On Custody

“You don’t deserve to have the children all the time. You are undeserving and entitled.”


“I would really like to have time-sharing with the children every weekend because I want to continue to coach Tommy’s baseball practice, take Sally to her Saturday ballet practices, bring the children to church, and bring the children to my family events. My extended family doesn’t do much socially during the week, but we spend a lot of time together on weekends and I want our children to be part of that so they can have strong relationships with their cousins and grandparents.”


On Child Support

“You are useless with money and you are going to waste all the child support on booze and your boyfriend.”


“I feel concerned that there won’t be enough resources for the children after the divorce. I am hopeful that the child support money can be used for the children’s clothes, school supplies, food, and other necessities. How does that sound?”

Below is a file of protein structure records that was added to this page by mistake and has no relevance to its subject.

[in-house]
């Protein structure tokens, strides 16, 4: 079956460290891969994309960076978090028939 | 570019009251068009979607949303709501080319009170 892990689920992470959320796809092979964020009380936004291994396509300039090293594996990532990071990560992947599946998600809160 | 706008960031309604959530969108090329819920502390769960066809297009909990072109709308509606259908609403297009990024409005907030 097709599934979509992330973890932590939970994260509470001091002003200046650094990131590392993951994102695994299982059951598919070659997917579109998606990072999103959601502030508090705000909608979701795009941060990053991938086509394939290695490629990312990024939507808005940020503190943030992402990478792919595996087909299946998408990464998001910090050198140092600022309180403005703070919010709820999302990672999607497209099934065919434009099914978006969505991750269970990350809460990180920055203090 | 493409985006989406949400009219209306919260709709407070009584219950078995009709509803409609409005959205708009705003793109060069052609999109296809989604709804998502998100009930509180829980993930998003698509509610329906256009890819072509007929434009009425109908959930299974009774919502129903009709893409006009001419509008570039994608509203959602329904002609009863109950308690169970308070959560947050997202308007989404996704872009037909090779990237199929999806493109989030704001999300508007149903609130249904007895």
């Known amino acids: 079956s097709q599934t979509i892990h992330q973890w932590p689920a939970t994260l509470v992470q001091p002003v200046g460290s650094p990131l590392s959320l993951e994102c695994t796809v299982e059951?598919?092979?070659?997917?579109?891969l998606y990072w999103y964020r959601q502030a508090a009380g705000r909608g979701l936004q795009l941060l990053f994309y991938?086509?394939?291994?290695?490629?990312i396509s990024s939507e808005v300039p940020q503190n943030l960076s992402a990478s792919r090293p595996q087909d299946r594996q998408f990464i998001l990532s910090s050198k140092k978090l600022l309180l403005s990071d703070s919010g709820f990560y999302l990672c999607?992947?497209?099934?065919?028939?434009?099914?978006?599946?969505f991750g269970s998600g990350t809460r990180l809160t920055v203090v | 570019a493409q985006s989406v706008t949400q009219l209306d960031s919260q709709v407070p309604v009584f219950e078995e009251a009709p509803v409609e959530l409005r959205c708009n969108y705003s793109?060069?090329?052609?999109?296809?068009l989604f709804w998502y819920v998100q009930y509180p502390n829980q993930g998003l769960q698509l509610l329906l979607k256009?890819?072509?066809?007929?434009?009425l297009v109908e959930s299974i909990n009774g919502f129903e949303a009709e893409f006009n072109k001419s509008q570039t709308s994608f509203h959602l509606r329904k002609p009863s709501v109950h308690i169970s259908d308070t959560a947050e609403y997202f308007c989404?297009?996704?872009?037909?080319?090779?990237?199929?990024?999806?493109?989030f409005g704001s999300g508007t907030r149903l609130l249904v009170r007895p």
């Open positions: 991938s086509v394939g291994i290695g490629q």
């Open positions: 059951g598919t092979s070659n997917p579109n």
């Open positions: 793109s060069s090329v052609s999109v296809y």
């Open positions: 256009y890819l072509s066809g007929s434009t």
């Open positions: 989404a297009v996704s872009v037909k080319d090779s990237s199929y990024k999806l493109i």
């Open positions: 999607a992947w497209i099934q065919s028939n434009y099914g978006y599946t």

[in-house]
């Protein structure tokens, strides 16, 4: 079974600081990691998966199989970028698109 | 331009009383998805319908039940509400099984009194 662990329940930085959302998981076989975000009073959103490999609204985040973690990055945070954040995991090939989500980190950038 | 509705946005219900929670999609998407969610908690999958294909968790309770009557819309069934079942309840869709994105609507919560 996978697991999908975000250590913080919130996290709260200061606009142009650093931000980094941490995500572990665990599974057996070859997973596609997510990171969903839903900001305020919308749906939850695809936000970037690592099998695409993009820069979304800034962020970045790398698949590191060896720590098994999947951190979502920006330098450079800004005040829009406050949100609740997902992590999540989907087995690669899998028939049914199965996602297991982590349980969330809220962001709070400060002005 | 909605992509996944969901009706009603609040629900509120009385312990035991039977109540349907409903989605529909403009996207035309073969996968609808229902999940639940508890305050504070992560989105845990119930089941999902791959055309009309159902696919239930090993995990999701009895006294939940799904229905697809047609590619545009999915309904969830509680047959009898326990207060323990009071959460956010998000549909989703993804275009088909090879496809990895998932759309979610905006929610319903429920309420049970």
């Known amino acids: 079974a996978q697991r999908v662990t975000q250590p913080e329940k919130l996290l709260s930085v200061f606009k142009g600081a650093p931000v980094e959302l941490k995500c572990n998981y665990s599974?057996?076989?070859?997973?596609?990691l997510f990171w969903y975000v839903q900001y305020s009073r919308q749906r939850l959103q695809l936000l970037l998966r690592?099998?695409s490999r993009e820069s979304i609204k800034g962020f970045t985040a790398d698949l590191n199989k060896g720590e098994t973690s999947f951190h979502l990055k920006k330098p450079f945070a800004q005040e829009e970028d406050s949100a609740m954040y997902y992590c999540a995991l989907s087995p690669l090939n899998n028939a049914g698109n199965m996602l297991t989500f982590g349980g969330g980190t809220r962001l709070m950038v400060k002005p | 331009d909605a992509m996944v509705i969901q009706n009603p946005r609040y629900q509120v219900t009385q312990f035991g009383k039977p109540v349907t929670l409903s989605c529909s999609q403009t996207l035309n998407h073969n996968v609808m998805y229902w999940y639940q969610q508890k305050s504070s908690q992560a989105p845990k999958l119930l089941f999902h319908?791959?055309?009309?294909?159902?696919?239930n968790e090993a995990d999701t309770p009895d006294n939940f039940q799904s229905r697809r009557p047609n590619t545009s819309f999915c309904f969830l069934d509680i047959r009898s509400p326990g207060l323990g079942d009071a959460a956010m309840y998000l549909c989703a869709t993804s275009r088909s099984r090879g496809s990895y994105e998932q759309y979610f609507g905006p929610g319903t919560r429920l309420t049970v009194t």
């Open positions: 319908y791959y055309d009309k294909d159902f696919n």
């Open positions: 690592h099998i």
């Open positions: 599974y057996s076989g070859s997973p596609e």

On Alimony

“You are a philandering #&(@^& and you deserve to pay me every penny you’ve ever seen.”


“After this divorce is final, I will be responsible for my own rent, uninsured medicals, food, transportation, etc. I am going to need to be able to meet these needs with alimony, and I am hoping we can reach an alimony figure that is feasible for you and also allows me to maintain my independence without becoming bankrupt or a ward of the state.”


The Divorce Process

The divorce process can be confusing, and it’s helpful to have a sense of the stages in probate court.  Here’s what you can expect generally.